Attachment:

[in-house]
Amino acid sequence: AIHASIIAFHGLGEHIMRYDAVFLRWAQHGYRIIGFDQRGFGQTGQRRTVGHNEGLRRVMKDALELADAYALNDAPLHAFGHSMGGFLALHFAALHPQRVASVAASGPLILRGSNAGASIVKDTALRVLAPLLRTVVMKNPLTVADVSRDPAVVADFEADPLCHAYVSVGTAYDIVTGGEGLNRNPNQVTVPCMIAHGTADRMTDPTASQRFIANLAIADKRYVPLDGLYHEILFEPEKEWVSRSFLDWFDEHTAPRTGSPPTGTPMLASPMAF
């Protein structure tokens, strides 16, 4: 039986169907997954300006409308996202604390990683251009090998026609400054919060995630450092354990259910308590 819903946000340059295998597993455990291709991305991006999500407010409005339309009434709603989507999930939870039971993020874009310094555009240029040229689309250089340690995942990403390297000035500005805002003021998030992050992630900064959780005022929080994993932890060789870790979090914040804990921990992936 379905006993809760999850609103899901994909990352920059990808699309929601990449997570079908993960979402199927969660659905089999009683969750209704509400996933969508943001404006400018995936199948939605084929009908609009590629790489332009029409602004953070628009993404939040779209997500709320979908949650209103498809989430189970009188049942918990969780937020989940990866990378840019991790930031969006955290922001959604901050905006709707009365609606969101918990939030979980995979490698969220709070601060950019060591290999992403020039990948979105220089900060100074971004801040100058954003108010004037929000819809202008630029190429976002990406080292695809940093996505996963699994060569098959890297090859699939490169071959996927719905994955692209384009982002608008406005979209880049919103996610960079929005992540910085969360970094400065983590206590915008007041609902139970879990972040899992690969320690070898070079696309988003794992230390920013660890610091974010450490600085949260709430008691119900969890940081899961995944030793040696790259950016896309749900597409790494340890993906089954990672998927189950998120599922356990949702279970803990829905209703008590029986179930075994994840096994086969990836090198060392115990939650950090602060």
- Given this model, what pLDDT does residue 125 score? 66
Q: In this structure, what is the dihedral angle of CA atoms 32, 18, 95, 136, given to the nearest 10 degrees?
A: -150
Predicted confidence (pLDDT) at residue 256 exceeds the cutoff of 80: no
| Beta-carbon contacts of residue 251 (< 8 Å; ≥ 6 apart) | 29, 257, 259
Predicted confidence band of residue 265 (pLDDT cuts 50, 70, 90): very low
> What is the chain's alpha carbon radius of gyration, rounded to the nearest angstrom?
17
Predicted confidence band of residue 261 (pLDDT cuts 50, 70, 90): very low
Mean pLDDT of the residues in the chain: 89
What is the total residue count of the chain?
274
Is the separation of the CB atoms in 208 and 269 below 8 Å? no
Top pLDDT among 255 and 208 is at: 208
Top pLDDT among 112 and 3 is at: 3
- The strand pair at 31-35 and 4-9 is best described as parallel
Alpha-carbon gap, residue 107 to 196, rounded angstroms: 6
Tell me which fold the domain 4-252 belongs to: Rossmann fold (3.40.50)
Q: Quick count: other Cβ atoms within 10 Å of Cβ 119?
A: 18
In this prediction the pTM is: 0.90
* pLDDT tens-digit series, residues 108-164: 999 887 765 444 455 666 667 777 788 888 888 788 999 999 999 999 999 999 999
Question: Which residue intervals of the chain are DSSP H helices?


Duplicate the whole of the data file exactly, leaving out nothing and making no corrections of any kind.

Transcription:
[in-house]
Amino acid sequence: AIHASIIAFHGLGEHIMRYDAVFLRWAQHGYRIIGFDQRGFGQTGQRRTVGHNEGLRRVMKDALELADAYALNDAPLHAFGHSMGGFLALHFAALHPQRVASVAASGPLILRGSNAGASIVKDTALRVLAPLLRTVVMKNPLTVADVSRDPAVVADFEADPLCHAYVSVGTAYDIVTGGEGLNRNPNQVTVPCMIAHGTADRMTDPTASQRFIANLAIADKRYVPLDGLYHEILFEPEKEWVSRSFLDWFDEHTAPRTGSPPTGTPMLASPMAF
């Protein structure tokens, strides 16, 4: 039986169907997954300006409308996202604390990683251009090998026609400054919060995630450092354990259910308590 819903946000340059295998597993455990291709991305991006999500407010409005339309009434709603989507999930939870039971993020874009310094555009240029040229689309250089340690995942990403390297000035500005805002003021998030992050992630900064959780005022929080994993932890060789870790979090914040804990921990992936 379905006993809760999850609103899901994909990352920059990808699309929601990449997570079908993960979402199927969660659905089999009683969750209704509400996933969508943001404006400018995936199948939605084929009908609009590629790489332009029409602004953070628009993404939040779209997500709320979908949650209103498809989430189970009188049942918990969780937020989940990866990378840019991790930031969006955290922001959604901050905006709707009365609606969101918990939030979980995979490698969220709070601060950019060591290999992403020039990948979105220089900060100074971004801040100058954003108010004037929000819809202008630029190429976002990406080292695809940093996505996963699994060569098959890297090859699939490169071959996927719905994955692209384009982002608008406005979209880049919103996610960079929005992540910085969360970094400065983590206590915008007041609902139970879990972040899992690969320690070898070079696309988003794992230390920013660890610091974010450490600085949260709430008691119900969890940081899961995944030793040696790259950016896309749900597409790494340890993906089954990672998927189950998120599922356990949702279970803990829905209703008590029986179930075994994840096994086969990836090198060392115990939650950090602060």
- Given this model, what pLDDT does residue 125 score? 66
Q: In this structure, what is the dihedral angle of CA atoms 32, 18, 95, 136, given to the nearest 10 degrees?
A: -150
Predicted confidence (pLDDT) at residue 256 exceeds the cutoff of 80: no
| Beta-carbon contacts of residue 251 (< 8 Å; ≥ 6 apart) | 29, 257, 259
Predicted confidence band of residue 265 (pLDDT cuts 50, 70, 90): very low
> What is the chain's alpha carbon radius of gyration, rounded to the nearest angstrom?
17
Predicted confidence band of residue 261 (pLDDT cuts 50, 70, 90): very low
Mean pLDDT of the residues in the chain: 89
What is the total residue count of the chain?
274
Is the separation of the CB atoms in 208 and 269 below 8 Å? no
Top pLDDT among 255 and 208 is at: 208
Top pLDDT among 112 and 3 is at: 3
- The strand pair at 31-35 and 4-9 is best described as parallel
Alpha-carbon gap, residue 107 to 196, rounded angstroms: 6
Tell me which fold the domain 4-252 belongs to: Rossmann fold (3.40.50)
Q: Quick count: other Cβ atoms within 10 Å of Cβ 119?
A: 18
In this prediction the pTM is: 0.90
* pLDDT tens-digit series, residues 108-164: 999 887 765 444 455 666 667 777 788 888 888 788 999 999 999 999 999 999 999
Question: Which residue intervals of the chain are DSSP H helices?